news 21 Jul 17

Montenegro Urged to Challenge Killer’s Statue in Croatia

Activists in Montenegro accused the government of not doing enough to pressurise Croatia to remove a monument to a Croat who killed a Montenegrin ambassador in 1971.

Dusica Tomovic
The statue of Miro Baresic in Drage, Croatia, was partly painted red in an act of protest last August. Photo: Facebook.

A group of prominent Montenegrin cultural and public figures and human rights activists are to send an open letter to the government in Podgorica demanding that it explain what it is doing to ensure the removal of the statue in Croatia of Miro Baresic, the killer of Montenegrin ambassador Vladimir Rolovic.

The move came after Podgorica reacted promptly to a protest note from Zagreb calling for the removal of a monument to Punis Racic, who assassinated Croatian leader Stjepan Radic in the Yugoslav parliament in 1928.

After the protest note from Croatia and reactions from the Croatian minority in Montenegro, the monument of Racic in his hometown Andrijevica, in the north of the country, was removed on Tuesday.

The open letter obtained by BIRN, which is to be sent to the Prime Minister Dusko Markovic and Foreign Minister Srdajn Darmanovic, has been already signed by hundreds of civil society activists, journalists and cultural figures.

The letter describes Baresic as a “Croatian terrorist” and expresses dissatisfaction with the Montenegrin Foreign Ministry, which for almost a year has not made any new statement about a protest note sent by Montenegro to Croatia on August 1, 2016, after the statue was unveiled.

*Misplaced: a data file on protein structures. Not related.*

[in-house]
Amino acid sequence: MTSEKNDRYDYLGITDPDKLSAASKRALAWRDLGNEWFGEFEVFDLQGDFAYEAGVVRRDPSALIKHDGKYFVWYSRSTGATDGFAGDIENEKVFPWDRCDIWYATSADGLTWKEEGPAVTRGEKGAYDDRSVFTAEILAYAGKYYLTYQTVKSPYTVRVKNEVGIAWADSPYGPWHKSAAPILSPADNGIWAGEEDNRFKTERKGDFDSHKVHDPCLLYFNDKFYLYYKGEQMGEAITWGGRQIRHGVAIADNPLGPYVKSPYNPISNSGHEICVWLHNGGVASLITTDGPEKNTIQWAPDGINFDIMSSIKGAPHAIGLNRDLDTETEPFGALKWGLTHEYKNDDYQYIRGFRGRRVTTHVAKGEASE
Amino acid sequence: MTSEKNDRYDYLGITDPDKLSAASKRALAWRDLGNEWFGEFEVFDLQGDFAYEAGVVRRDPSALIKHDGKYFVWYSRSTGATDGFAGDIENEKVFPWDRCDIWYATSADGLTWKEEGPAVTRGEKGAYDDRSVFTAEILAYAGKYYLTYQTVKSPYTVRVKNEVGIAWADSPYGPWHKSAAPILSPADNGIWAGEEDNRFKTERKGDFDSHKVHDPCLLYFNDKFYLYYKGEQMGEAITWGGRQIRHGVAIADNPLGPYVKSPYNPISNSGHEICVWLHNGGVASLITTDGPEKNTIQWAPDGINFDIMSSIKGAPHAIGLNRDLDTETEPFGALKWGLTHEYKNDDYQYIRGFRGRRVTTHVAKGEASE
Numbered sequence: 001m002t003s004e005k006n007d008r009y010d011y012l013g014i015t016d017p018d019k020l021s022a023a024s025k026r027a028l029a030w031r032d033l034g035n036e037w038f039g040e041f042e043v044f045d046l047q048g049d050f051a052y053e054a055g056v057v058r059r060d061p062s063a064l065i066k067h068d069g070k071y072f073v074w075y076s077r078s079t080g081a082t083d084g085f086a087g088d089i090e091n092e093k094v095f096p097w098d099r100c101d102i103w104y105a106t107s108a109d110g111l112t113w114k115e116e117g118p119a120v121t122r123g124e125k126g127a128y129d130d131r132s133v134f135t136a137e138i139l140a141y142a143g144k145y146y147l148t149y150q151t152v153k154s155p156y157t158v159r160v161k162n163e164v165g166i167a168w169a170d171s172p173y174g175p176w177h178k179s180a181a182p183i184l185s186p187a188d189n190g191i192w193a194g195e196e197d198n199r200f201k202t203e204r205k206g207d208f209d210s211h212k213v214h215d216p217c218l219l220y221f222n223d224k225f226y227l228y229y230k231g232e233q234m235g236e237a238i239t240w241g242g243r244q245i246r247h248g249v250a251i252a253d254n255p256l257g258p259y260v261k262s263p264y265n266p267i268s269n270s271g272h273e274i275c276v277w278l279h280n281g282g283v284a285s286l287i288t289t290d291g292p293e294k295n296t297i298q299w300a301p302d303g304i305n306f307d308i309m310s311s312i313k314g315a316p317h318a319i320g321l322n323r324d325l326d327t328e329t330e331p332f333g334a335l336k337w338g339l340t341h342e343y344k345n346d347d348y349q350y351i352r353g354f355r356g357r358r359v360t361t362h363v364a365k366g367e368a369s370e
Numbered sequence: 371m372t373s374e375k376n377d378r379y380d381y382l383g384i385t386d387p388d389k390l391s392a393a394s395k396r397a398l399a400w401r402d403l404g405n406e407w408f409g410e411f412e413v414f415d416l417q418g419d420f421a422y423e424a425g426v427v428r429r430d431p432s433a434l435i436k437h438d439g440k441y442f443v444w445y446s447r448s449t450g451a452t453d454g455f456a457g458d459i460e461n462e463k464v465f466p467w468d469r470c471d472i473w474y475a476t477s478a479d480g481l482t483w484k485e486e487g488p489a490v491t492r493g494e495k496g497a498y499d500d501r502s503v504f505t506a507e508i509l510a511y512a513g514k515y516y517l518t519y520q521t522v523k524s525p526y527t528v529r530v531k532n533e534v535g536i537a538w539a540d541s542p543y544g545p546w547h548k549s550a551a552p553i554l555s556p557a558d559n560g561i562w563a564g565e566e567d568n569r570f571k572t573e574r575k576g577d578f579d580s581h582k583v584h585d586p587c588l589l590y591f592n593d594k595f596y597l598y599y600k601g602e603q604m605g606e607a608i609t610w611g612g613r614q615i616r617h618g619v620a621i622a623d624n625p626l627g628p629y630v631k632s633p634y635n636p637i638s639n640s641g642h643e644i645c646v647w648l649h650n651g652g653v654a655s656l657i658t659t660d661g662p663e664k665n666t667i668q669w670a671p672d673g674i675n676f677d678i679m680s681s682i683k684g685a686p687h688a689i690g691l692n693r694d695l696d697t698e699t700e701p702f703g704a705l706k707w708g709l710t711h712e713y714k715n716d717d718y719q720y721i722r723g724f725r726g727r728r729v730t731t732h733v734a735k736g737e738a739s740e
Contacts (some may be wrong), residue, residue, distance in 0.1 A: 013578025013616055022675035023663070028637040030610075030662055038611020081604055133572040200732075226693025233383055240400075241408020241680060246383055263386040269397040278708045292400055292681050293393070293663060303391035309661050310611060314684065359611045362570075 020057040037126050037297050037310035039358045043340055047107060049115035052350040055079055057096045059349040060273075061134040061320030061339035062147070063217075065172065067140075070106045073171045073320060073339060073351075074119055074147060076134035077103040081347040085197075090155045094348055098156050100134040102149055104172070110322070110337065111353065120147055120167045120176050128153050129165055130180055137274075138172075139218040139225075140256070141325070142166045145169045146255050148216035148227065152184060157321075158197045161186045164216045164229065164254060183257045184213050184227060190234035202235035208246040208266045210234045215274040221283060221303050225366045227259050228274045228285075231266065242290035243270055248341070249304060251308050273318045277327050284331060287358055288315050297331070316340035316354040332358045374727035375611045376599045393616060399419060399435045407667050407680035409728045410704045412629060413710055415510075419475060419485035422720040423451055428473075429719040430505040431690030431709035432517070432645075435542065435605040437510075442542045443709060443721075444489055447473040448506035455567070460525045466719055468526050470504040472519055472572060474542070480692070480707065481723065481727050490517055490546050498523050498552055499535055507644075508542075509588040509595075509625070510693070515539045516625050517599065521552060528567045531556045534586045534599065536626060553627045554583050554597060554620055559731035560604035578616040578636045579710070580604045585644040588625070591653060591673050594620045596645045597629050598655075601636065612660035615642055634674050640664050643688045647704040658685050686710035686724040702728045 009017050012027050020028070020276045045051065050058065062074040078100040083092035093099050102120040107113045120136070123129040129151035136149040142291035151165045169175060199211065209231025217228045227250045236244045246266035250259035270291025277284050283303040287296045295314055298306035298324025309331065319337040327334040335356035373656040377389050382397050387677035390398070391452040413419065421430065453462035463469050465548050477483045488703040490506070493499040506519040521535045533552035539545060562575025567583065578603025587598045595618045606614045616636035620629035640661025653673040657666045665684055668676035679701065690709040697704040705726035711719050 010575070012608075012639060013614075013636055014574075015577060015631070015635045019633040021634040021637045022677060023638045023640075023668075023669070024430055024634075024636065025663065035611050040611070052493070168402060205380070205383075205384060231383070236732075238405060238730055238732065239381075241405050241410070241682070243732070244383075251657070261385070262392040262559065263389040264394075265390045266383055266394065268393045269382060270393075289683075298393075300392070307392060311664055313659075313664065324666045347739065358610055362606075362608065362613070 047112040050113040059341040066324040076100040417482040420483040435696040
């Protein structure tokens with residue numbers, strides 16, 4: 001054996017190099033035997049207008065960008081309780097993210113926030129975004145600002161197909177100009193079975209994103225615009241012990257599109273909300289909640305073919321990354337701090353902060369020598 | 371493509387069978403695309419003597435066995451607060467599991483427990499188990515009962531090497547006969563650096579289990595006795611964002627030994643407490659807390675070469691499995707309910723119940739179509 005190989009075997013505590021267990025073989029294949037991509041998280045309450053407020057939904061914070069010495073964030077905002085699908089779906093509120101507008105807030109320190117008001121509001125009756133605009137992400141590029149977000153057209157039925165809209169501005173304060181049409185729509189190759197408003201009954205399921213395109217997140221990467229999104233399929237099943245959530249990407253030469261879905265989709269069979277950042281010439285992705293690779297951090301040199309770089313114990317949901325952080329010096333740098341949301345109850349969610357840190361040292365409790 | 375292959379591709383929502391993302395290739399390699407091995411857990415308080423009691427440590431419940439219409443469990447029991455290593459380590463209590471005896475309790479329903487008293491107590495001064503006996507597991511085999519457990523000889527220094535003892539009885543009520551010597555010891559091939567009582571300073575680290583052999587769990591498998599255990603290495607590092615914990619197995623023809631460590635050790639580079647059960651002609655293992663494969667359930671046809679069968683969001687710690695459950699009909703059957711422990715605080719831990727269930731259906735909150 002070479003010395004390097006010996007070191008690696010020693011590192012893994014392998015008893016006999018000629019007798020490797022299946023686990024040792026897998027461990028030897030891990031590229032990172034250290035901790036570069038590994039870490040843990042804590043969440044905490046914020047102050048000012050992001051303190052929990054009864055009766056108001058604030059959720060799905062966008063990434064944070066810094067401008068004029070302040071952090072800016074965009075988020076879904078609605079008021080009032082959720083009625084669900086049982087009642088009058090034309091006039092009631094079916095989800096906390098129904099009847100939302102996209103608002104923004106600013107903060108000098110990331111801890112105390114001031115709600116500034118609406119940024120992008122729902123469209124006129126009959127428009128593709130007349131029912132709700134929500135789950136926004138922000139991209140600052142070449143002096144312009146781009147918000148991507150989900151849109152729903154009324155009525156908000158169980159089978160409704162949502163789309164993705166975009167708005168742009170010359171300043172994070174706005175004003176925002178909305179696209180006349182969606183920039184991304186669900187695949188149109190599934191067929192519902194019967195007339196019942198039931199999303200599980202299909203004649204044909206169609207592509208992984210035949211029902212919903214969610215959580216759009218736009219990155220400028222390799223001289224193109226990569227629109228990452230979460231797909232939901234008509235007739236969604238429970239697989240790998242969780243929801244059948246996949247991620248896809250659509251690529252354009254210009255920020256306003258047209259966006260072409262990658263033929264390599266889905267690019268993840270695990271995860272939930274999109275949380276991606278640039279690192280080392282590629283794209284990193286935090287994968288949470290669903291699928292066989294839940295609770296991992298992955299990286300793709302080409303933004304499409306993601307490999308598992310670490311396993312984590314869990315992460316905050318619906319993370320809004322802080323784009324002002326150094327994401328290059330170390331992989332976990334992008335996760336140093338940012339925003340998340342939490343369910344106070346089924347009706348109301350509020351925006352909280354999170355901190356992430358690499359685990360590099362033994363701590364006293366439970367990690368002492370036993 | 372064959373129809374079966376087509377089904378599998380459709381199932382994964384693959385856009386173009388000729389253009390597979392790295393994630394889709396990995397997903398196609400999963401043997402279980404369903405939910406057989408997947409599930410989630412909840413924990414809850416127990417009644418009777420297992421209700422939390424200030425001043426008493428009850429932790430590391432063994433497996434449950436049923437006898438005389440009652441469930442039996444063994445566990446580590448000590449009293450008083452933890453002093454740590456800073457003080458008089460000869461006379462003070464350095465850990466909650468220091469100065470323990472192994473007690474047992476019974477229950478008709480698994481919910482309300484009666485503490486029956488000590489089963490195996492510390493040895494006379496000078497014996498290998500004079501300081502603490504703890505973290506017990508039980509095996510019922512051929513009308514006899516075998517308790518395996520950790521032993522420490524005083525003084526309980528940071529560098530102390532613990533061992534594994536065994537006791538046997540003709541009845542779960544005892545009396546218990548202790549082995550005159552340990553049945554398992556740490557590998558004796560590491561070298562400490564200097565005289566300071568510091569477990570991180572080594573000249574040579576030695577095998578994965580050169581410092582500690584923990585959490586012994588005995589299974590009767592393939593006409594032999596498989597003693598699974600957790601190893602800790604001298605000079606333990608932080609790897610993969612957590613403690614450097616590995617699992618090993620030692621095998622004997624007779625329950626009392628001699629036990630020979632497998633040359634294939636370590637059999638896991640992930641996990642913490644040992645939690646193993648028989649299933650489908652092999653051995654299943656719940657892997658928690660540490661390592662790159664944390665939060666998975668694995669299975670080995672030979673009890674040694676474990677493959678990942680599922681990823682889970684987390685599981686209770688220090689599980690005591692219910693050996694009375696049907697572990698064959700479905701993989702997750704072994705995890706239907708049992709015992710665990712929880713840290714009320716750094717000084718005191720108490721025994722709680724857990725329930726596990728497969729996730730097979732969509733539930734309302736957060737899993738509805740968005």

“Regardless of the fact that we, the signatories of this petition, have various political views and ideological profiles, we want to put forward our united commitment in view of the negligible protection of Montenegro’s state dignity and commitment to the process of dealing with the past,” the letter says.

Last July, Croatia inaugurated the statue of Baresic, who killed Rolovic in 1971 and died fighting in the Croatian war for independence 20 years later. It was erected in his home village of Drage.

Baresic was sentenced to life in prison by the Swedish authorities for the murder of Rolovic, then Yugoslav ambassador in Stockholm in 1971.

The monument sparked controversy in the former Yugoslav region with Serbia and Montenegro reacted angrily to the decision to erect the monument to a man they also dubbed a “terrorist”.

The activists’ letter urges the government and the Foreign Ministry to explain what has been done about the matter since last August.

It argues that Croatia has done nothing about the Baresic statue since receiving the protest note from Montenegro last year, while Podgorica immediately acted to remove the Racic monument after Zagreb sent its protest note.

“We get the impression that the Croatian authorities reacted diametrically oppositely on the same issue which is quite worrying because it is about cases that are inevitable in relations between the two countries,” the letter says.

It argues that Montenegrin state authorities must pursue a principled foreign policy that respects the interests of the country’s citizens.

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